Alamo Colleges

Alamo Colleges Online is in the midst of evaluating their online courses and exploring how Open Educational Resources can fit into their course development and redesign processes. Alamo is partnering with OER Commons to provide roadmap consulting, training, and a suite of tools is seen as an important step in building awareness and capacity for the use of OERs within Alamo College’s online courses. This groups is a collaborative workspace where participants can discuss, evaluate, and organize OER.
19 members | 85 affiliated resources

Academic: Fine & Performing Arts

Selected Topics in Architecture: Architecture from 1750 to the Present, Fall 2004

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General study of modern architecture as a response to important technological, cultural, environmental, aesthetic, and theoretical challenges after the European Enlightenment. Focus on the theoretical, historiographic, and design approaches to architectural problems encountered in the age of industrial and post-industrial expansion across the globe, with specific attention to the dominance of European modernism in setting the agenda for the discourse of a global modernity at large. Explores modern architectural history through thematic exposition rather than as simple chronological succession of ideas.

Material Type: Full Course

Author: Dutta, Arindam

Great Writers Inspire: Shakespeare's Contemporary Dramatists

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The Elizabethan and Jacobean theatres specialized in new plays which had relatively few performances over a period of a few weeks. There was thus a huge appetite for fresh writing, and hundreds of plays, many now lost, were produced, often collaboratively. In this section of Great Writers Inspire some of these non-Shakespearean plays and authors are introduced through a combination of podcasts, eBooks and supporting materials.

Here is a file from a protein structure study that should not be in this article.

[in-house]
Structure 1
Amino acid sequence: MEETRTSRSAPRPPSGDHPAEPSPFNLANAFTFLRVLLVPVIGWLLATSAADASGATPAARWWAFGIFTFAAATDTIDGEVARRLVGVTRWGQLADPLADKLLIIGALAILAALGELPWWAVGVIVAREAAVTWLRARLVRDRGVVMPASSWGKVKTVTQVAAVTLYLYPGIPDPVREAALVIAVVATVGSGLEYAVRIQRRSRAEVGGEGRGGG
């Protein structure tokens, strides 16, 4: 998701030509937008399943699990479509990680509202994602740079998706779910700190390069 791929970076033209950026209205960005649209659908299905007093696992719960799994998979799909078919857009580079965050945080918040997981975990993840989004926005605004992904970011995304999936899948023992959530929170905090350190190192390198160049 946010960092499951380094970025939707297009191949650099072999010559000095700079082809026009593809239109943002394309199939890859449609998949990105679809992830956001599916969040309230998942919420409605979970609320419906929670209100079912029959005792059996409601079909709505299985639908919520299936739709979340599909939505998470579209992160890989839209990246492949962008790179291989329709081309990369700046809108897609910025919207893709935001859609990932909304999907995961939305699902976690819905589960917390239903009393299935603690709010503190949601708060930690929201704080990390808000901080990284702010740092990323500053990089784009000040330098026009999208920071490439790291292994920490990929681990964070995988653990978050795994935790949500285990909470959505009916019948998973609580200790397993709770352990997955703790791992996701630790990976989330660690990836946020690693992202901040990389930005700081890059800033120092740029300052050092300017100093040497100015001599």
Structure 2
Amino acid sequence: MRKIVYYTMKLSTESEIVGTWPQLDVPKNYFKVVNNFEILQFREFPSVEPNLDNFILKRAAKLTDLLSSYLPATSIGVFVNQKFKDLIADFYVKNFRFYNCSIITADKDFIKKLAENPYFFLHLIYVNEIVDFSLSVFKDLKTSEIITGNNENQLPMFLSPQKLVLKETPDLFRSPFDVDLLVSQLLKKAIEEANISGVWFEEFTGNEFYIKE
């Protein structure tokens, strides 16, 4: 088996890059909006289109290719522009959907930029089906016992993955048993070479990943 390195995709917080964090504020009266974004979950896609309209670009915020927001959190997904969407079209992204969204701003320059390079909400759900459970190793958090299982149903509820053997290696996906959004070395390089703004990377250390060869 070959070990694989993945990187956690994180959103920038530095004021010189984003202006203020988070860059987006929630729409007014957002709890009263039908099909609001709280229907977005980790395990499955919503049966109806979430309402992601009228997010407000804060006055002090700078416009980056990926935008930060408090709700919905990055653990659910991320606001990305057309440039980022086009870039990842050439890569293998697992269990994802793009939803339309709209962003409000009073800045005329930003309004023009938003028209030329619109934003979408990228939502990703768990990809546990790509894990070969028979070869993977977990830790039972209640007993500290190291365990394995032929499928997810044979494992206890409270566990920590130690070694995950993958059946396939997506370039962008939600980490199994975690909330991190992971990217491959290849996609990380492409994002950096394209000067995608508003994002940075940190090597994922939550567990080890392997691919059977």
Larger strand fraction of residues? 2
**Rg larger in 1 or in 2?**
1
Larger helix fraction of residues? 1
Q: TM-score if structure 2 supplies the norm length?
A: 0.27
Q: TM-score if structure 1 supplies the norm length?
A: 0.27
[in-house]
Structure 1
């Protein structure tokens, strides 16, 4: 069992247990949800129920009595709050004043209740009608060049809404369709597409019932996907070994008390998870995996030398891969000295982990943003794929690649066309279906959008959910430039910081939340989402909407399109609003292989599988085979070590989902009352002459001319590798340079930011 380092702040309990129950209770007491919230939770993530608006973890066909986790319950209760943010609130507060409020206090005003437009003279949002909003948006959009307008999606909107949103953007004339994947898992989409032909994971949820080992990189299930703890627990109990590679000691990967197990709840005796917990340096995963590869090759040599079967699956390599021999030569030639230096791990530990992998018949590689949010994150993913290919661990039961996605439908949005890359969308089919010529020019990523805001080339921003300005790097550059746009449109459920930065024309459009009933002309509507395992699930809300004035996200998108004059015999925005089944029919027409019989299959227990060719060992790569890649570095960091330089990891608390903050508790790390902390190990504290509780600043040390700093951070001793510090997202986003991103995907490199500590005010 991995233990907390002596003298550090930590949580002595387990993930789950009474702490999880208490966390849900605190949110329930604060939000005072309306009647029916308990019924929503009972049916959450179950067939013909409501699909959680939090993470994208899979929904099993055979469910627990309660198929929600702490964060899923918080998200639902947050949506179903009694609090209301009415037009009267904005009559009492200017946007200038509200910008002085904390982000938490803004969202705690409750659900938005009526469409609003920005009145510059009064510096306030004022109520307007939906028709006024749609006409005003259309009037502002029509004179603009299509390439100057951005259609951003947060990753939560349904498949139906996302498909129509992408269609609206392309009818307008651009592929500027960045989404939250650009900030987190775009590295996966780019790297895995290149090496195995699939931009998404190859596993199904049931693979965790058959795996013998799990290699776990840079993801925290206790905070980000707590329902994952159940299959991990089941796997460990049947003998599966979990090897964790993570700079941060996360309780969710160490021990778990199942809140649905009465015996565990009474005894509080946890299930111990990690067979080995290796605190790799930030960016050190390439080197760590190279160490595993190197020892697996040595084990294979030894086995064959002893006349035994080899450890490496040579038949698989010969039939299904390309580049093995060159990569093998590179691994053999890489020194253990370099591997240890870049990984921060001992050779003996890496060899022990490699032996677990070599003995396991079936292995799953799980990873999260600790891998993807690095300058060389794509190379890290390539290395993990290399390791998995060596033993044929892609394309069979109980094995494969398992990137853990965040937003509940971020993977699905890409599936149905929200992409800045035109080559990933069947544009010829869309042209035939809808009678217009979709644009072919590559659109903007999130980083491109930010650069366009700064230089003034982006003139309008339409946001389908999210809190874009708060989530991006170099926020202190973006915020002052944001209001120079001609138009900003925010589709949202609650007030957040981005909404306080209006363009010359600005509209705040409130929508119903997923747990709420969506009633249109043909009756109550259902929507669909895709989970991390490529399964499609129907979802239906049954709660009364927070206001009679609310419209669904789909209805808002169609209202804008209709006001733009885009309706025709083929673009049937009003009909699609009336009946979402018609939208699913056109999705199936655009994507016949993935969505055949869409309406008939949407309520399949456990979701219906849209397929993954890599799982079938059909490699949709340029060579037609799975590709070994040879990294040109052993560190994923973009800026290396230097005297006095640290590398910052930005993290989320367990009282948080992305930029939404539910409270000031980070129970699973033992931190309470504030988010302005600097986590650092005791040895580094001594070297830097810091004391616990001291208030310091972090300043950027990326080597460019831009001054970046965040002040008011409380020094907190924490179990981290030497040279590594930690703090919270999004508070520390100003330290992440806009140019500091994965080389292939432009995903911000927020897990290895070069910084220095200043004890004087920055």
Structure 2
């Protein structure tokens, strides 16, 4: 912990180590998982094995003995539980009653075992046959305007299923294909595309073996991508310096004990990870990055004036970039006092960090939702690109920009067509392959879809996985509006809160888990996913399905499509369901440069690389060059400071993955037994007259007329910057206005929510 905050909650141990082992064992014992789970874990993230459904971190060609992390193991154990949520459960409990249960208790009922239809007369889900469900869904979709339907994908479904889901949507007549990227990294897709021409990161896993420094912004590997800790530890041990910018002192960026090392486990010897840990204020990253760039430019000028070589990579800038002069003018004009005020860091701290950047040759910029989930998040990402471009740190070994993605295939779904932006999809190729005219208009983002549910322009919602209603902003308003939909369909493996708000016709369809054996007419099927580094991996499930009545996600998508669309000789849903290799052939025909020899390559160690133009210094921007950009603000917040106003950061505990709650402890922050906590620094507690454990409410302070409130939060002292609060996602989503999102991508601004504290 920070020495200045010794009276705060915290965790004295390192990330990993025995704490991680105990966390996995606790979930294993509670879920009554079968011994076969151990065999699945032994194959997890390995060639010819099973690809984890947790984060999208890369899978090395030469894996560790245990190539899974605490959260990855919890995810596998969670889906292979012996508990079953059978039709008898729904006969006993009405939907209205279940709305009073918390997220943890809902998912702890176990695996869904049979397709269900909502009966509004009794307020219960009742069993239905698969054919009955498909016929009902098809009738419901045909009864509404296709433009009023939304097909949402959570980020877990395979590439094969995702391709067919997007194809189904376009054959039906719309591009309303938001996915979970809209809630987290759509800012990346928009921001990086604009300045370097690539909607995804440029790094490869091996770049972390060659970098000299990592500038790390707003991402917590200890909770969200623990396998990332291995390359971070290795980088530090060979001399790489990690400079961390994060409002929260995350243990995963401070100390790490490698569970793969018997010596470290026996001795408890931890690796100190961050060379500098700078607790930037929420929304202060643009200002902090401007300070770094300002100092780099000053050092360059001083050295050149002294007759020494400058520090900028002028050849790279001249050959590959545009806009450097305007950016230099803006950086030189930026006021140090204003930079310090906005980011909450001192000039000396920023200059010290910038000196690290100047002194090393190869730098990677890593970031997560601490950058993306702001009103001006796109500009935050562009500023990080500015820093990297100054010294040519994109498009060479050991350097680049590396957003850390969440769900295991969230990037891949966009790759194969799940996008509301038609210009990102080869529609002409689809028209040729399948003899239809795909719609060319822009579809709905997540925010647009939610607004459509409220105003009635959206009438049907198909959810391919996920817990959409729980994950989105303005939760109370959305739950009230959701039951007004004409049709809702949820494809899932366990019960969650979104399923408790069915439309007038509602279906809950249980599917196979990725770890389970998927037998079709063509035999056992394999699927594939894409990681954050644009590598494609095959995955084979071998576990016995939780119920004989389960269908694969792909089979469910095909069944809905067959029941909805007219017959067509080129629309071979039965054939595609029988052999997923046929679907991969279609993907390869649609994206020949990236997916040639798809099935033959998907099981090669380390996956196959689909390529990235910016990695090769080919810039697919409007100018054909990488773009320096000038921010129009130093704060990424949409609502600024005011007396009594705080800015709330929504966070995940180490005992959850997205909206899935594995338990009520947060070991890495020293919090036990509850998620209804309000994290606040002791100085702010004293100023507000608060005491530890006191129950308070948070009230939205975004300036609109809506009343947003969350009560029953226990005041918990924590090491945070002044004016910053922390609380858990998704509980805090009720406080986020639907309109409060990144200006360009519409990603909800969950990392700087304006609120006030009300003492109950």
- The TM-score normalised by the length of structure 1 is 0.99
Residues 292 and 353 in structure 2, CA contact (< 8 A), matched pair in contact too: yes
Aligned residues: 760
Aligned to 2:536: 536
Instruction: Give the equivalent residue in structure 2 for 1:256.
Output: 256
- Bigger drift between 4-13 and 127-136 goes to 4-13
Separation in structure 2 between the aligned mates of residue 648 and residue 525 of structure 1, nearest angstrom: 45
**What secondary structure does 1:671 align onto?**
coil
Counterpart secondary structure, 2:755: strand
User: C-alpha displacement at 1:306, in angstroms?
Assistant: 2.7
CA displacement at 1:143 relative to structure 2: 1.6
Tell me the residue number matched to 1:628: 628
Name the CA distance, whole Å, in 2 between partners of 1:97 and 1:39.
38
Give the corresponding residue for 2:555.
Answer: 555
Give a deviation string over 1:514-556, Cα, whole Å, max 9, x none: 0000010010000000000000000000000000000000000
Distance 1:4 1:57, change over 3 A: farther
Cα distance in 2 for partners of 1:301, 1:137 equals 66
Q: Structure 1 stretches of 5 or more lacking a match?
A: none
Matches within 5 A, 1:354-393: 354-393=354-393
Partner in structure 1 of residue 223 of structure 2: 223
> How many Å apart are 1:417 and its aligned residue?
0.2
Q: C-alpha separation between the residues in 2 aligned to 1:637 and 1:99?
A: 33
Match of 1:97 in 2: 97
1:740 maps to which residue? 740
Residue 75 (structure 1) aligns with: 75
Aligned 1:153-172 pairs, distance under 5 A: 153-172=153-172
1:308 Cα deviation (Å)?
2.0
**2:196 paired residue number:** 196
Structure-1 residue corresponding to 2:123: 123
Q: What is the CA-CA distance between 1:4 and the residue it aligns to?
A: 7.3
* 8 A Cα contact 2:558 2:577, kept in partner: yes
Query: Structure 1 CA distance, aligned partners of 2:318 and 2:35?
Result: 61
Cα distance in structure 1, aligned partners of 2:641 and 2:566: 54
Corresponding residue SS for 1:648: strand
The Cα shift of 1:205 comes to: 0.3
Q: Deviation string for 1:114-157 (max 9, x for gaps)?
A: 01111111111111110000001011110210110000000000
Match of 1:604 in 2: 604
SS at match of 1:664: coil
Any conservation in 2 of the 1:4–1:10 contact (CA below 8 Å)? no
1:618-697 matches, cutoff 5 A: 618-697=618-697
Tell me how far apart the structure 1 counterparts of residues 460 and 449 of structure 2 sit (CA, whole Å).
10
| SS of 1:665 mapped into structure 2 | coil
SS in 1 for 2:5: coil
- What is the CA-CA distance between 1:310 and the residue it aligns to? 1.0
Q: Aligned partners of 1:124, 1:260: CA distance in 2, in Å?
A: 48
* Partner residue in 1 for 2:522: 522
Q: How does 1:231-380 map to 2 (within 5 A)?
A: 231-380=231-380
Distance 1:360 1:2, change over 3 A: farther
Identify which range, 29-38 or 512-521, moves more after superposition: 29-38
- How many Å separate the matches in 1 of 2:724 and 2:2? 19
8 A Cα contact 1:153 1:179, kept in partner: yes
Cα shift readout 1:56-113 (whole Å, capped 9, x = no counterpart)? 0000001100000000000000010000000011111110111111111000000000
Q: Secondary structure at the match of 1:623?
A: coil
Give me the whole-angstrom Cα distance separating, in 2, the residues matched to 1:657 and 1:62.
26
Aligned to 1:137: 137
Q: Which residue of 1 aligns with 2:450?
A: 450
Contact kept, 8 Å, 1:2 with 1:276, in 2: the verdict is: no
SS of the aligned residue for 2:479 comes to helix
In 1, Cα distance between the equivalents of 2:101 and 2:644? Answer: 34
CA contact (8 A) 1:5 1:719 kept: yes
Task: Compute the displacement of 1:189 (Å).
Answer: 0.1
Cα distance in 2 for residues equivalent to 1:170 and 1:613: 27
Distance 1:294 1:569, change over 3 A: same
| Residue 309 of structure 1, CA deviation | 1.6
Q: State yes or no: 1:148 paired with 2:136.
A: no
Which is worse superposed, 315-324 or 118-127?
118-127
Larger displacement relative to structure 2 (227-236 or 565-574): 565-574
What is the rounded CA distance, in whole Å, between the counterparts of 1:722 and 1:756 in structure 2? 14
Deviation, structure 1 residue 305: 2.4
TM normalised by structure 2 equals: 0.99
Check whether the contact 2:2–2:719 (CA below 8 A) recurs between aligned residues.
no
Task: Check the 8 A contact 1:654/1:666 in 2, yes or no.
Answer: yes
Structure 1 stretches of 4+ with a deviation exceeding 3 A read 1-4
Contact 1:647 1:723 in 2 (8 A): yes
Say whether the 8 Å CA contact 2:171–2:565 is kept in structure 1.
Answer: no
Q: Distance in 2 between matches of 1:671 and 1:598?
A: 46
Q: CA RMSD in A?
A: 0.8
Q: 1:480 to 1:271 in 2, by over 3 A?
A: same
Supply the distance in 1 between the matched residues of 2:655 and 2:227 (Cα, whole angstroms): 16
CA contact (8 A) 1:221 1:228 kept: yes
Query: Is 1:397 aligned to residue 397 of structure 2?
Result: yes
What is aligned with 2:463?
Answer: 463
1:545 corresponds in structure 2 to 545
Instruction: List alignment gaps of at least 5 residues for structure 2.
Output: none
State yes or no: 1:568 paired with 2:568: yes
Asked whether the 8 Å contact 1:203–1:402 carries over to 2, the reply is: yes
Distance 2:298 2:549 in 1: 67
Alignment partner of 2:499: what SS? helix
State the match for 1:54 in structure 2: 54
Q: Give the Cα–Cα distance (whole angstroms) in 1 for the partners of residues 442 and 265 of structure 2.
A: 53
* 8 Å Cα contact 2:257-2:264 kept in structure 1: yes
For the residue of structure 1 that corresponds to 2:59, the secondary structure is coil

Material Type: Diagram/Illustration, Lecture, Reading

Authors: Emma Smith, Kate O'Connor

Studies in Drama: Too Hot to Handle: Forbidden Plays in Modern America, Fall 2008

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Unlike film, theater in America does not have a ratings board that censors content. So plays have had more freedom to explore and to transgress normative culture. Yet censorship of the theater has been part of American culture from the beginning, and continues today. How and why does this happen, and who decides whether a play is too dangerous to see or to teach? Are plays dangerous? Sinful? Even demonic? In our seminar, we will study plays that have been censored, either legally or extra-legally (i.e. refused production, closed down during production, denied funding, or taken off school reading lists). We'll look at laws, both national and local, relating to the "obscene", as well as unofficial practices, and think about the way censorship operates in American life now. And of course we will study the offending texts, themselves, to find what is really dangerous about them, for ourselves.

Material Type: Full Course

Authors: Anne, Fleche